Strategic Alliances: A small business example

Many of the examples of strategic alliances that are widely available are the examples from large organizations. Also in this blog we discuss for instance elements of the Senseo alliance between Sara Lee and Philips and I mentioned the Novartis Malaria Initiative. When you start searching for alliances in Pharma or in IT you will be able to find many large organization examples. Small business examples are more difficult to find, often probably also because small businesses do not have the budgets to create PR around their alliances like the large companies do. So let’s have a look at an example very close to my heart:

A small business example
Phoenix Simoons partnershipWhen I started as a solo entrepreneur I set up Simoons & Company in the format of what I called a network organization. Basically the company exists of myself and a virtual assistant. However some projects ask for a larger capacity or different expertise. For that I work with some trusted partners in a strategic alliance that I can hire as partners in a project. With a few the level of collaboration goes a bit deeper and we do our own sparring on proposals and joint business development. There is one partnership that I would like to highlight here that goes deeper and can be seen as a small business strategic alliance.

Following the alliance lifecycle
Back in 2010 when I was planning to bring alliance management workshops to the European market I made the strategic choice to partner and not to develop it myself. Basically step 1 of the Alliance Lifecycle. I did my research on potential partners (step 2) and established a partnership with Phoenix Consulting Group in California to be able to deliver the alliance management workshops they already had developed in the European market. The value proposition entailed that Phoenix gained access to the European market without the need to build it by themselves. I gained access to an excellent set of workshops for alliance management certification. Customers in Europe gained easier access, without the need for extensive travel, to alliance management workshops that would prepare them for the professional certification in alliance management.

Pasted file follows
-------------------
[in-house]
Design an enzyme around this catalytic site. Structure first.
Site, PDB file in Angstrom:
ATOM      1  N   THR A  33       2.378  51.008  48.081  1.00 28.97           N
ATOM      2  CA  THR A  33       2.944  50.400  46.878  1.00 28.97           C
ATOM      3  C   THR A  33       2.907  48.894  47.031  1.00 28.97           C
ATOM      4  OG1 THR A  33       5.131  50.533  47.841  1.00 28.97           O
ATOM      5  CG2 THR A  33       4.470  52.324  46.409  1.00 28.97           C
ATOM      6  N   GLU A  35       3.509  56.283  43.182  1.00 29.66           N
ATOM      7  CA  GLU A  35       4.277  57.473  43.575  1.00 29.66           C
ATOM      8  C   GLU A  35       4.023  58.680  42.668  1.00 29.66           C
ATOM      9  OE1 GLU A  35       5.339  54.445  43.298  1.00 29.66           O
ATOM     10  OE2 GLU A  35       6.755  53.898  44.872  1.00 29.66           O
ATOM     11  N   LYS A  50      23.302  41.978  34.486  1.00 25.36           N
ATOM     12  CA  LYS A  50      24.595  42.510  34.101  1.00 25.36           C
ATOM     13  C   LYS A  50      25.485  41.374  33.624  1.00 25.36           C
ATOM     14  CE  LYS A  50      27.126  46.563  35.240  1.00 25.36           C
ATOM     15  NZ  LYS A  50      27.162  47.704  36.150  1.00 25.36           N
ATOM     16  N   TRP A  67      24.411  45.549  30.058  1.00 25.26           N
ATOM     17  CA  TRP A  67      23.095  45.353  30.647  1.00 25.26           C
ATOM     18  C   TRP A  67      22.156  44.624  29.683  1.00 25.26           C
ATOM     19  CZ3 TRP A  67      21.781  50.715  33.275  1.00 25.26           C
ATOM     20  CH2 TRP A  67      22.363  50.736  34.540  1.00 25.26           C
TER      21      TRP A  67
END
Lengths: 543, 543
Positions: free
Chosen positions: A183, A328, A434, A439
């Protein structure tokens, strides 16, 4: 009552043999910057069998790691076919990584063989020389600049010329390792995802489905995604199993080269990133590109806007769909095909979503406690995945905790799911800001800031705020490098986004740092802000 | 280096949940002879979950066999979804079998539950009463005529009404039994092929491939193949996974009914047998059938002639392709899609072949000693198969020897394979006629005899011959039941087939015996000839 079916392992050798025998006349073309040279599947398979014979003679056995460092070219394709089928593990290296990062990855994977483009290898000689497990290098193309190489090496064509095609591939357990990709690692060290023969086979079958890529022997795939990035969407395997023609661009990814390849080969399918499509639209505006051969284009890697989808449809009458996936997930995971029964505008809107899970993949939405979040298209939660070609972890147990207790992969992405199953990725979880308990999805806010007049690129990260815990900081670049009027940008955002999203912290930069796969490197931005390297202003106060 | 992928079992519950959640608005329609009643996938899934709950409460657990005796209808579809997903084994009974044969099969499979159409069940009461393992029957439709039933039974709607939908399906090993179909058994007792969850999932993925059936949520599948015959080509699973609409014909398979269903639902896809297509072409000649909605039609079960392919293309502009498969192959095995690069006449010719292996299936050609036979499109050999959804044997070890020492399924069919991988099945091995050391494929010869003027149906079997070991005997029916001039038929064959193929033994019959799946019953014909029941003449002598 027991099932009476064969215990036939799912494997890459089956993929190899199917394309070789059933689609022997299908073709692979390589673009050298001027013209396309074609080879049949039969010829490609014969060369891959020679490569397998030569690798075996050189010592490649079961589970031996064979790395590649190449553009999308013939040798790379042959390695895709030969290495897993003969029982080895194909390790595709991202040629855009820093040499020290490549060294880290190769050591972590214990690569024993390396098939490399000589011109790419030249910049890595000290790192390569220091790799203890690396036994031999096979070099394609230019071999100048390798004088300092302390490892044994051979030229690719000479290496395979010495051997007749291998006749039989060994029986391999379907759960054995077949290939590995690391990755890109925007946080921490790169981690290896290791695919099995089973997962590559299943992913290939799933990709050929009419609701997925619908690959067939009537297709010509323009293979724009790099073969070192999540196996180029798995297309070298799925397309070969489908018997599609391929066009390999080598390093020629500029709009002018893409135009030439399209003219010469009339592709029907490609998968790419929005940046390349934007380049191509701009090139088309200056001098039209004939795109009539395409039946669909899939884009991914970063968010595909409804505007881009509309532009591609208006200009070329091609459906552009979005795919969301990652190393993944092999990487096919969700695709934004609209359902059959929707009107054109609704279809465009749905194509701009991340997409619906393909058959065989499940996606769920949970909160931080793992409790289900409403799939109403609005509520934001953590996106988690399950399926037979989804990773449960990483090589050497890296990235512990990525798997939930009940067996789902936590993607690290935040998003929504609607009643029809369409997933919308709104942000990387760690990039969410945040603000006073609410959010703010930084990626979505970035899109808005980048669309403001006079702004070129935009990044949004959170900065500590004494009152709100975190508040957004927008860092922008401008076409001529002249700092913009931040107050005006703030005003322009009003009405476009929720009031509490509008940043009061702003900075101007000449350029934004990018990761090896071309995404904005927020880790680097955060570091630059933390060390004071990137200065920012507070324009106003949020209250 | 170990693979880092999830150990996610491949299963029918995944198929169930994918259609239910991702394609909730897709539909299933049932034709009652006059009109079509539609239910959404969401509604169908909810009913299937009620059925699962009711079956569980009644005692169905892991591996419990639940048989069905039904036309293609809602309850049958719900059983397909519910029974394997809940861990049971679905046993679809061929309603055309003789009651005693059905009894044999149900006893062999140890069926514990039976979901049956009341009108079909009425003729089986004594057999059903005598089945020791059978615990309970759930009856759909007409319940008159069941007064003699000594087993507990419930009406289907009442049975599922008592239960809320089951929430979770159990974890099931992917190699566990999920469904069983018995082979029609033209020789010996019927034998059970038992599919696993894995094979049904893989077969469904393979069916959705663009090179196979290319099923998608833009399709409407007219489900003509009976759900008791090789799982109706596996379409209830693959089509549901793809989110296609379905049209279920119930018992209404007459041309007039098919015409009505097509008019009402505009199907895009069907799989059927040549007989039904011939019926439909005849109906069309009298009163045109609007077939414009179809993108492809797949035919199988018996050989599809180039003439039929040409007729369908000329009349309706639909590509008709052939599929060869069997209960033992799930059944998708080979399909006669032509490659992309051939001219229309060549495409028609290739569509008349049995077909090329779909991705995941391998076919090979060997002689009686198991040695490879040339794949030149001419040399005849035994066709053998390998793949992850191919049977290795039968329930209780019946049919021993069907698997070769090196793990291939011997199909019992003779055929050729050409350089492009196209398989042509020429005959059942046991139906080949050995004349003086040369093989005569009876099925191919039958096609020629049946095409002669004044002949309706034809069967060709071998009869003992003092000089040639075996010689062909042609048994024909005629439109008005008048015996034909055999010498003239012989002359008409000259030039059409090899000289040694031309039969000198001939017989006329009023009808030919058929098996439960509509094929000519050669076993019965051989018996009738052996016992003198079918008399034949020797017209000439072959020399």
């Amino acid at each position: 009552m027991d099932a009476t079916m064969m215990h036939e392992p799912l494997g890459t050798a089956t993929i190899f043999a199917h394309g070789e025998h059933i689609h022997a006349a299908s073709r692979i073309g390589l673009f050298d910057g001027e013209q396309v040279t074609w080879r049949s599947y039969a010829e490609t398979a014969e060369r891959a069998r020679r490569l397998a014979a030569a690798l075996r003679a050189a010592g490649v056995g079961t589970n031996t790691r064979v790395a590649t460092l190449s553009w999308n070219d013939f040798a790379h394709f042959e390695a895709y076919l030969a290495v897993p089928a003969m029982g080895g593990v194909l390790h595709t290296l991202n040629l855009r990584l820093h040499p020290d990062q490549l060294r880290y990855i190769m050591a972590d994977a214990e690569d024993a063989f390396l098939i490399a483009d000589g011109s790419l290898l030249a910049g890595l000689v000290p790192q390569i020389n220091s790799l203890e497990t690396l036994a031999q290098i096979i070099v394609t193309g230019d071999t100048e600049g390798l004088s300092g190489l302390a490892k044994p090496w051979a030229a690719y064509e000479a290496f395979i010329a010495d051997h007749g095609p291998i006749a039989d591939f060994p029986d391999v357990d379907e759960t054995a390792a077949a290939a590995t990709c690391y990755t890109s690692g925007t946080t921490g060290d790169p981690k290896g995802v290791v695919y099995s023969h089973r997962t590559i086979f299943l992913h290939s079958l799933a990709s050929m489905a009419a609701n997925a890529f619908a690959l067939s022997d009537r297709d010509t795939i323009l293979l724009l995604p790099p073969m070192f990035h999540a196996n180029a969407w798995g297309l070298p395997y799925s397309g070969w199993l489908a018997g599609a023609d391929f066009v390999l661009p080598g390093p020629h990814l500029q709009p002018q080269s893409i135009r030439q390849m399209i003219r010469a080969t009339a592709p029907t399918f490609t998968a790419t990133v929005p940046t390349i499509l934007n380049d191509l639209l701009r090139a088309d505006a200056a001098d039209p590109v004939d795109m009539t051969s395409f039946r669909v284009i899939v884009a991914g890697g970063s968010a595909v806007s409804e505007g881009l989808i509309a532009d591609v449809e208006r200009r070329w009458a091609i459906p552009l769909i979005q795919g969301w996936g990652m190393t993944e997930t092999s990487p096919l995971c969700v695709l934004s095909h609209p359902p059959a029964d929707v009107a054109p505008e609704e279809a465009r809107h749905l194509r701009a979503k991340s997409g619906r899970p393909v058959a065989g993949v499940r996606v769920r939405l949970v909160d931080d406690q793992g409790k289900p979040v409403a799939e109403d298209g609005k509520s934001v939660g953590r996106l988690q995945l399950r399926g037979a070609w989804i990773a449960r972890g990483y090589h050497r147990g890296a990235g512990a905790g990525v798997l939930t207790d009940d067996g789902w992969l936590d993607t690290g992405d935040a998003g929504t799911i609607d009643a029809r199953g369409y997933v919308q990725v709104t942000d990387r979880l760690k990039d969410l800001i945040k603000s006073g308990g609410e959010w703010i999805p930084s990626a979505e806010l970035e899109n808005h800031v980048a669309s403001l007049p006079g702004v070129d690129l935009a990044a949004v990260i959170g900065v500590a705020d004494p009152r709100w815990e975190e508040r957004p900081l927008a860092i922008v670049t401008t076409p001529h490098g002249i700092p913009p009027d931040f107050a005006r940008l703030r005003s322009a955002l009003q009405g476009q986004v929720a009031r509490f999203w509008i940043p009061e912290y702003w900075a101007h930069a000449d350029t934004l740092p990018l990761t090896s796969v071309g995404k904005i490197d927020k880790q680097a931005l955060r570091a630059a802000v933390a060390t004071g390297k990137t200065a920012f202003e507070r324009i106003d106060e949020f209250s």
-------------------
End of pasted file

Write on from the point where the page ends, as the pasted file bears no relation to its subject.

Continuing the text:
We discussed how we wanted to approach our alliance (step 3), negotiated a contract (step 4) and started to work (step 5). As we both are small businesses the steps were on the lighter side than they will be with large corporations and with large alliances. However we followed the alliance lifecycle and made sure we made solid decisions. After two years into the alliance both parties are still happy with it. What started as a knowledge transfer and market development alliance is strengthened into a closer collaborative relationship where we have done joint delivery of workshops and are now finalizing a joint developed next educational product that will soon be launched.

My ebook “Successful Partnerships & Strategic Alliances” provides a more in-depth introduction about creating and managing partnerships and alliances.


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